Arts + Scene » Screens

Summer Sunshine and Stardust

  • Stardust


Hello, film fans. The peripatetic Charlie Myers is once again out wandering the globe, so for the second week in a row you're stuck with a know-nothing's guide to this week's new releases. And from where I sit, this week may well go down in the annals as The Week That Bad Films Happened To Good Actors.

A few years ago, back before he'd been sucked into Terry Gross' maw, the film critic David Edelstein challenged readers of Slate magazine to comb through the entire history of film and come up with one — just one — good biopic. Readers responded and Edelstein recanted somewhat and apologized for calling the genre "the most vacuous in cinema."

Of course, he had it right the first time. Something about the filmic life-story brings out the schmaltz, even in the best of directors. They spread it on like mayonnaise. Think Kinsey . Think A Beautiful Mind . Think Under the Sea , Pollack , Man on the Moon , Patch Adams , The Hurricane , The Aviator , Shine , Wilde , La Bamba . If you can stomach it, think again of Patch Adams . You can watch these movies, but afterward you feel dirty and abused.

Personally, I have little faith that Becoming Jane will break the pattern. Yes, the sprightly Jane Hathaway ( ThePrincess Diaries ) seems a good choice for the young Jane Austen. Yes, the film includes the obligatory James Cromwell turn as a grumpy, clueless oldster (see The Queen , HBO's Six Feet Under ). But, like most biopics, this one reeks of cheesy Oscar ® -bait. Rated PG. 113 m. At the Broadway.

On the other hand, might there be something to Talk to Me ? The advance press emphasizes the uplift — never a good sign — but check out the cast: Don Cheadle, Chiwetel Ejiofor, Cedric the Entertainer (but no Bernie Mac, alas). Cheadle plays Petey Greene, an ex-con who lands a radio show in Washington, D.C., smack in the middle of the soul power '60s. The man finds his tongue and somehow gives voice to a generation. "Based on a true story," as they say. Rated R. 118 m. At the Minor.

Good God, yet another remake of Invasion of the Body Snatchers ? Yes, and damned if The Invasion doesn't feature Nicole Kidman, Daniel Craig and Jeremy Northam, all presumably showing off their fake American accents. If you're keeping track, this one is set in Washington, D.C. — aha! allegory! — while previous Invasions were staged in San Francisco and Nowheresville, U.S.A. Rated PG-13. 99 m. At the Broadway and Mill Creek.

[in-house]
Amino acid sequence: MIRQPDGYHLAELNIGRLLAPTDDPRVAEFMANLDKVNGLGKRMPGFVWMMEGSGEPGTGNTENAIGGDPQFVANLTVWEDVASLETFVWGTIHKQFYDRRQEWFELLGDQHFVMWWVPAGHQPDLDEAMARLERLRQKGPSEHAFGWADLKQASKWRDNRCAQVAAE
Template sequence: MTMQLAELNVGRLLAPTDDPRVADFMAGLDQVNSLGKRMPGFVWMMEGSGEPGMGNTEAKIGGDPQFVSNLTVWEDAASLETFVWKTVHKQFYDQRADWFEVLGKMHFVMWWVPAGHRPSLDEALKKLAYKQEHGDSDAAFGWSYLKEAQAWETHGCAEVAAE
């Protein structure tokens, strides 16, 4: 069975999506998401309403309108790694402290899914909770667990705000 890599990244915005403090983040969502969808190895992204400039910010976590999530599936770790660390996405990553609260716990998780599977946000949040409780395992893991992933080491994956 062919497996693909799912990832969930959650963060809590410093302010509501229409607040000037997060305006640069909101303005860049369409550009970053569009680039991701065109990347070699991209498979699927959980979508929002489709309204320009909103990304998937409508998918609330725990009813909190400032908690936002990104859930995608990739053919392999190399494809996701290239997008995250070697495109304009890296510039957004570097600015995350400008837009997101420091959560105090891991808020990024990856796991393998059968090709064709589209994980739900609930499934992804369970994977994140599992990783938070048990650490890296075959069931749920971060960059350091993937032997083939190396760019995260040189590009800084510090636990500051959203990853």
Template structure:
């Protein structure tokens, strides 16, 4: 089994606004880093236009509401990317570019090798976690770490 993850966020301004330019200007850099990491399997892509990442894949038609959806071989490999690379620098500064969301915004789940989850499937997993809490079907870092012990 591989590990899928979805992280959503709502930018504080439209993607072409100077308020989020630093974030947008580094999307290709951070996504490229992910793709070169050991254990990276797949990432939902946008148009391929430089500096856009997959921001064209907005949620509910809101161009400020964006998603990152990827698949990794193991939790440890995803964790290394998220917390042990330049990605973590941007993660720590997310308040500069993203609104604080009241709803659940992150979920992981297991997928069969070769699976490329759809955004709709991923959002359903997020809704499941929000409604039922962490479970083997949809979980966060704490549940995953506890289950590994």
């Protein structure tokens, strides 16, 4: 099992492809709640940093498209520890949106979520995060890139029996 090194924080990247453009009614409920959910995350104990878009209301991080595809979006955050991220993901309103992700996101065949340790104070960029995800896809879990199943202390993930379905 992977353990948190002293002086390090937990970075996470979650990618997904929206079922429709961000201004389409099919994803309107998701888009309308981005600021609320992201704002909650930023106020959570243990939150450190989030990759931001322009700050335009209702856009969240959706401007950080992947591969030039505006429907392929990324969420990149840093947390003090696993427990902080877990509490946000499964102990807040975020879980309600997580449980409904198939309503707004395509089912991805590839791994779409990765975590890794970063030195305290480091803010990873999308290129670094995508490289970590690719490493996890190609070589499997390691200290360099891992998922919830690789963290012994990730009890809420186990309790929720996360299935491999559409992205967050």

For midsummer historo-porn, you've got The Last Legion , a prequel to every King Arthur story ever filmed. It's the last days of the Roman Empire, swords and togas are au courant . The Goths want a piece of the action. So a little boy sets off for Olde England to call in the cavalry, finding the legendary sword "Excalibur" along the way. Starring — bafflingly, once again — Colin Firth and Ben Kingsley. Rated PG-13. 101 m. At The Movies, Mill Creek and the Fortuna.

Finally, breaking with this week's theme, revel in the goodness: Judd Apatow's production company is back with Superbad , a teen party flick, and this time Apatow is bringing along the brilliant Michael Cera ( Arrested Development 's George Michael). That's all you need to know. Go see it. Rated R. 113 m. At the Broadway, Mill Creek and the Fortuna.

— Hank Sims


SUNSHINE: In director Danny Boyle and writer Alex Garland's previous genre outing, 28 Days Later , they reinvented the zombie film as a post-apocalyptic tone poem. With Sunshine they turn their attention to science fiction with sure-handed, though imperfect and less original, results.

The film stars Cillian Murphy as a physicist who's one of a multinational crew aboard the spaceship Icarus II , which has been tasked with the mission of delivering a bomb to the dying sun to revive it before the earth perishes in a global winter. Added to the intrigue is the fate of the crew of the ship's precursor, Icarus I , which mysteriously stopped short of its goal and lost contact with Earth.